Narcissism is an epidemic in our culture today.  You witness it when you experience the driver who executes a lane change at high speed that is a near miss which leaves your heart racing.  There are less threatening examples that we witness everyday and, because we have become anesthetized to the unconsciousness behavior of people who walk among us daily, we tend to shrug out shoulders and move on with our business.

For those of us who have experienced a Narcisstic encounter up close and personal, we begin to notice the little things.  I believe that I’ve written a post in the past about “flags” that are set upon certain behaviors like not answering direct questions directly or failing to acknowledge that a question has been asked.  Although I can use my Narcissistic Radar detector to back away from personal relationships pretty adeptly, it is more difficult to step away from Narcissists in a business situation.

This past week, my business partner of nearly two years created a dispute that negatively affect my cash flow and made it obvious that he is a Narcissist.  Bummer!  There is some satisfaction in the fact that I have legal and enforceable standing in this case but the feelings that awakened when it became clear to me that I was under attack by a Narcissist once again were … unpleasant.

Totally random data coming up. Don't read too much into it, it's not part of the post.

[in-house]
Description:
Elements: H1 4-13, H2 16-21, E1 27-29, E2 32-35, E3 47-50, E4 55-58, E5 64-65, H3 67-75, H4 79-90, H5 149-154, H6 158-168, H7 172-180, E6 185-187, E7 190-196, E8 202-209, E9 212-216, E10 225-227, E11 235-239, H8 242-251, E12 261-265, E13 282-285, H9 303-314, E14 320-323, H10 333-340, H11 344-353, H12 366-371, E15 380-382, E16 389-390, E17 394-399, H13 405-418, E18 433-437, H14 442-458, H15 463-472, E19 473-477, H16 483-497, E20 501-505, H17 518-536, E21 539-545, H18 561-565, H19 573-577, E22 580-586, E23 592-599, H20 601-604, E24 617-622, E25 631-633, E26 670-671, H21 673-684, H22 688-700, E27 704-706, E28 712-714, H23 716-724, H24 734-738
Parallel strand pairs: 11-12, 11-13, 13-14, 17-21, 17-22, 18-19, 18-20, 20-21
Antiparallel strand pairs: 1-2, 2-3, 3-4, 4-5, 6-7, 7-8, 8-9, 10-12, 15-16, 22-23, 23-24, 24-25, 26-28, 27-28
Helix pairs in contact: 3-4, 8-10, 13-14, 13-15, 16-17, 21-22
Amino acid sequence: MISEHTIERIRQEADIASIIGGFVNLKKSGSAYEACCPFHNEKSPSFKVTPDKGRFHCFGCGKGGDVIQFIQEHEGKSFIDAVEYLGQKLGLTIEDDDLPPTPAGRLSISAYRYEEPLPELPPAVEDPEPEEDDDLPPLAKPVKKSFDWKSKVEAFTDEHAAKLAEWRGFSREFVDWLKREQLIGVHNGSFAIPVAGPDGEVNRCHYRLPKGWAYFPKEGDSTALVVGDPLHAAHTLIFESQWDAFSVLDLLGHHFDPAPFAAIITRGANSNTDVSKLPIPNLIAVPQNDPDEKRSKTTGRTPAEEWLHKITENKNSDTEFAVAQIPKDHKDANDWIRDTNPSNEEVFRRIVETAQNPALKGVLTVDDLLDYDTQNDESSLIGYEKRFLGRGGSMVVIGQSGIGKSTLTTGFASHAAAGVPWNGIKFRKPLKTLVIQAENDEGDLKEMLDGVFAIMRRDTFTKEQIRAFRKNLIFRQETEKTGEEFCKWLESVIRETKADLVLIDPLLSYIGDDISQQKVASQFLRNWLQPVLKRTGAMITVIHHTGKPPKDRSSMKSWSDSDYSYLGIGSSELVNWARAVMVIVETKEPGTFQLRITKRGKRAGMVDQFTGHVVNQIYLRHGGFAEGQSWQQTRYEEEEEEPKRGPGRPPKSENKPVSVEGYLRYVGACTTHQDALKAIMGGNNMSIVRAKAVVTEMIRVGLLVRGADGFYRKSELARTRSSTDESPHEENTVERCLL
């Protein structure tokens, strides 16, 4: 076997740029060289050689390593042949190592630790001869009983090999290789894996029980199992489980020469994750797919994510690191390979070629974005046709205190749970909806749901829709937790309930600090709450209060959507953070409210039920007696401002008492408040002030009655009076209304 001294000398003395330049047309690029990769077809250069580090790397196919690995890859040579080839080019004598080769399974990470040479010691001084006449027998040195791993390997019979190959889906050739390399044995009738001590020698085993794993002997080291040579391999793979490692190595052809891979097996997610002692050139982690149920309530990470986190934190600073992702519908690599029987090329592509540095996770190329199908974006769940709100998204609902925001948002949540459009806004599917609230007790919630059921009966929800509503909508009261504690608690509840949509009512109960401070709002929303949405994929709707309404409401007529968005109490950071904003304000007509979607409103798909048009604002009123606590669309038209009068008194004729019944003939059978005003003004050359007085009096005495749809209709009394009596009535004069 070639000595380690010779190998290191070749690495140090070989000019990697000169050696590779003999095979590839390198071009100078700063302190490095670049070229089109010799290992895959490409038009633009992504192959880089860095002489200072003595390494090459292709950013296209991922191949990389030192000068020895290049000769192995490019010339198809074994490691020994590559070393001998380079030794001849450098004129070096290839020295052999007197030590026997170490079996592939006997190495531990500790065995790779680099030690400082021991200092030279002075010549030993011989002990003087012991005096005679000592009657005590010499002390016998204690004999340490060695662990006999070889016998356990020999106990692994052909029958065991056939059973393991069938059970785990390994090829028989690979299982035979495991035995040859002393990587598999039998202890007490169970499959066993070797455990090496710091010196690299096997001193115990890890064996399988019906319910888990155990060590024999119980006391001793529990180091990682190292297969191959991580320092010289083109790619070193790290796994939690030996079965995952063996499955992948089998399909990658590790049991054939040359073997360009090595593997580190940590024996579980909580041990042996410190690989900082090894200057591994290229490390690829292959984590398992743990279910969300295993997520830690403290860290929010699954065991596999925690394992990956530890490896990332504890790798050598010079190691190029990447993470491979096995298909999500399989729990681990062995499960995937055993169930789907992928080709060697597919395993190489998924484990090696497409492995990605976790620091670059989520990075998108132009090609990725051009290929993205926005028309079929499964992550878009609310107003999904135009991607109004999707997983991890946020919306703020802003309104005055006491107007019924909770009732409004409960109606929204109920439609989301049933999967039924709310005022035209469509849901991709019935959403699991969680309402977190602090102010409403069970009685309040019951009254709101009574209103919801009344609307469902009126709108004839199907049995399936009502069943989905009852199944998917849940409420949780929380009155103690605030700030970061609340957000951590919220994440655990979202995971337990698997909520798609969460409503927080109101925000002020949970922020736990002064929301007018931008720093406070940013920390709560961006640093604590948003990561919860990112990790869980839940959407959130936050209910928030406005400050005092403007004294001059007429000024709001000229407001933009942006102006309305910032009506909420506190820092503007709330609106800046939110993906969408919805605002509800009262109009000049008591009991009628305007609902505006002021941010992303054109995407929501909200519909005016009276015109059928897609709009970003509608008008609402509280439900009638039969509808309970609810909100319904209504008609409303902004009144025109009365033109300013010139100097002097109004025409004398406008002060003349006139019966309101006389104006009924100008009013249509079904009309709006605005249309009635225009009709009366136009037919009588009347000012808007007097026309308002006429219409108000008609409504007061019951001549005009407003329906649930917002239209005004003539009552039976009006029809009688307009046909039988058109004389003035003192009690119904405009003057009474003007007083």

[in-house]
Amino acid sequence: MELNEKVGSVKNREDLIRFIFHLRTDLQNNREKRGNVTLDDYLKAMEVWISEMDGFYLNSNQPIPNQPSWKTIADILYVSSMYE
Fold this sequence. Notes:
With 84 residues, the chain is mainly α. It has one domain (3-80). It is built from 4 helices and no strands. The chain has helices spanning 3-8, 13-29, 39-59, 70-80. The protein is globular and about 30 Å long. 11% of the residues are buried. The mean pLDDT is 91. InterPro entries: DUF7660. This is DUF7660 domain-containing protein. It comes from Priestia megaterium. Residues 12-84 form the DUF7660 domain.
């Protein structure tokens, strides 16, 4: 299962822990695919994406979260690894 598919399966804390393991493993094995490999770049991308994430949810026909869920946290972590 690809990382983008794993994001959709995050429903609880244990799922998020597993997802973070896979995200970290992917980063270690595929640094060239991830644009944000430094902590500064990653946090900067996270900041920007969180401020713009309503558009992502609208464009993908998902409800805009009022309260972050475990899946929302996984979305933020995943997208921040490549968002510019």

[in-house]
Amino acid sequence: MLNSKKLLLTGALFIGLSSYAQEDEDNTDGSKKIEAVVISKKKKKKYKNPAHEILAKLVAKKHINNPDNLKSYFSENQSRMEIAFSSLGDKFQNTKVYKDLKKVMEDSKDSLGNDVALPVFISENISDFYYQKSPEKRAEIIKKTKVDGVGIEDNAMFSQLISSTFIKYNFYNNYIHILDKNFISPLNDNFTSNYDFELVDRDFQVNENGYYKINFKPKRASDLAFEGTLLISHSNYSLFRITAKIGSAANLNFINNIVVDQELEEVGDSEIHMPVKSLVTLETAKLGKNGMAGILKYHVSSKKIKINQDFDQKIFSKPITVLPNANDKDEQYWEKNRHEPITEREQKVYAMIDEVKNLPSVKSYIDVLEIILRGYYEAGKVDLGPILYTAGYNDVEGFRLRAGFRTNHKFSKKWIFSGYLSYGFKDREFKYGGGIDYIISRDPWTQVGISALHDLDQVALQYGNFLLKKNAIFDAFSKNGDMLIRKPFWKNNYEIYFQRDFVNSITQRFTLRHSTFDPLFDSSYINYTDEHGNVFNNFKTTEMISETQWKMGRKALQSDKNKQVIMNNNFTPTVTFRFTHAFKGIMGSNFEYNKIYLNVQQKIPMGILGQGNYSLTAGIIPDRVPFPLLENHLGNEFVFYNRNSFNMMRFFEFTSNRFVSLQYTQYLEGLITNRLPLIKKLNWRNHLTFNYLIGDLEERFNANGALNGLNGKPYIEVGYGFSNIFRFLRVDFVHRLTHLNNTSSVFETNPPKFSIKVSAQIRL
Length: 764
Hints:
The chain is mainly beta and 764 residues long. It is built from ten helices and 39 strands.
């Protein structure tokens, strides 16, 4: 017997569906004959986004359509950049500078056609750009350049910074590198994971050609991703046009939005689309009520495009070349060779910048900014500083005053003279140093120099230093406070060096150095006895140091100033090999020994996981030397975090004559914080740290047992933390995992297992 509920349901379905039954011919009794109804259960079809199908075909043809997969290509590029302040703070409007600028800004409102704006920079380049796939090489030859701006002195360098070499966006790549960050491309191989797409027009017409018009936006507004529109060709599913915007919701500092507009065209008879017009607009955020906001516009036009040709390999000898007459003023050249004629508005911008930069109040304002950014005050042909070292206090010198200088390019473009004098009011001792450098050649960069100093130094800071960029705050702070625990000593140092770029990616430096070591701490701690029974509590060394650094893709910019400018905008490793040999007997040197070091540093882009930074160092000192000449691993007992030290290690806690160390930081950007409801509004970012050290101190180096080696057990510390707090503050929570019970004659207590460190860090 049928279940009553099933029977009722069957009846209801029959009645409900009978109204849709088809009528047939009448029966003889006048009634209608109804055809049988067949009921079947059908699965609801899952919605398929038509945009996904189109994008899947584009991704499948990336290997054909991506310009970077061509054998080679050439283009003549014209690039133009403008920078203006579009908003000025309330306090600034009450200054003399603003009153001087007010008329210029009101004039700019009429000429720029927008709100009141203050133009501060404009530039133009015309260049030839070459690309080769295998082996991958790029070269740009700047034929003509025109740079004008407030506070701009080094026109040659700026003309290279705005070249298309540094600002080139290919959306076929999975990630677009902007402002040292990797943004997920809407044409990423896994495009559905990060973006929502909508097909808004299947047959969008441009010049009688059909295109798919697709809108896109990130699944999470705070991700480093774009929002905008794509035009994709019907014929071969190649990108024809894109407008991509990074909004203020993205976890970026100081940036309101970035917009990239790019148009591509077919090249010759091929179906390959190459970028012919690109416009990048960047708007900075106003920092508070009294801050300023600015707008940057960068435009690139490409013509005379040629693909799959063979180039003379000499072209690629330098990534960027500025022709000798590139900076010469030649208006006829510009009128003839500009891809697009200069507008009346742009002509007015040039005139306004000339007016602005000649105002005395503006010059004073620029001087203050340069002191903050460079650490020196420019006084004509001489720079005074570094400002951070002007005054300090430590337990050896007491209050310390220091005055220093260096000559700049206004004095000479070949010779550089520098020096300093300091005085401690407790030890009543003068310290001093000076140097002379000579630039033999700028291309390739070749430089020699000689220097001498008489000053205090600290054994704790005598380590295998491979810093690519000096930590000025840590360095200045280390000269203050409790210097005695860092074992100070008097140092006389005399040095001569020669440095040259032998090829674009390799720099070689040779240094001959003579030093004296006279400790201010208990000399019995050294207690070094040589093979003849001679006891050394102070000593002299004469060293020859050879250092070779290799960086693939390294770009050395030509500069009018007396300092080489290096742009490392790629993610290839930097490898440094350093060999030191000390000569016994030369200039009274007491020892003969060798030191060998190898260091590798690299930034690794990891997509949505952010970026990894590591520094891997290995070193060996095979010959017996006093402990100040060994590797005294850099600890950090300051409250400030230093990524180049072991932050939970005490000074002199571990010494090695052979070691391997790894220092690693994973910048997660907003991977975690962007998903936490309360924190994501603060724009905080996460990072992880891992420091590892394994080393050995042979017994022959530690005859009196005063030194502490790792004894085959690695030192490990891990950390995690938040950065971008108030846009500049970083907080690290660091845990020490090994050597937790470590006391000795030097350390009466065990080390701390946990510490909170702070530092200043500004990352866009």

narcissists feel entitledOur email exchange went south the moment I recognized his tactics of distraction and entitlement.  I absolutely have a zero-tolerance policy for Narcissism.  Unfortunately, the cycle of debate awakened nasty memories of the circular arguments that I used to have with my  narcissistic ex in email.


The travesty of denial is visceral.  And it all boils down to one fact:

The Narcissist Feels Entitled

The illogic of stating in one sentence that there was no verbal agreement for the compensation I expected, while stressing the value of another verbal agreement that was beneficial to him in the next sentence was jaw-dropping to read.  I admit to laughing at the obvious inconsistency when I read his missive.  If there wasn’t so much money in the game, it would actually be funny.  But the money he feels entitled to matters to me so I have to contend with this individual until the issue is resolved.  Thus, I am not able to take the advise that I’ve offered repeatedly on this blog and immediately and totally disconnect.

We sometimes don’t have the choice to disconnect from people.  If we are in a toxic work situation, we can’t just “pull the plug” without having a strategy that protects us from financial difficulty.  Do any of you readers have a story to share on this topic?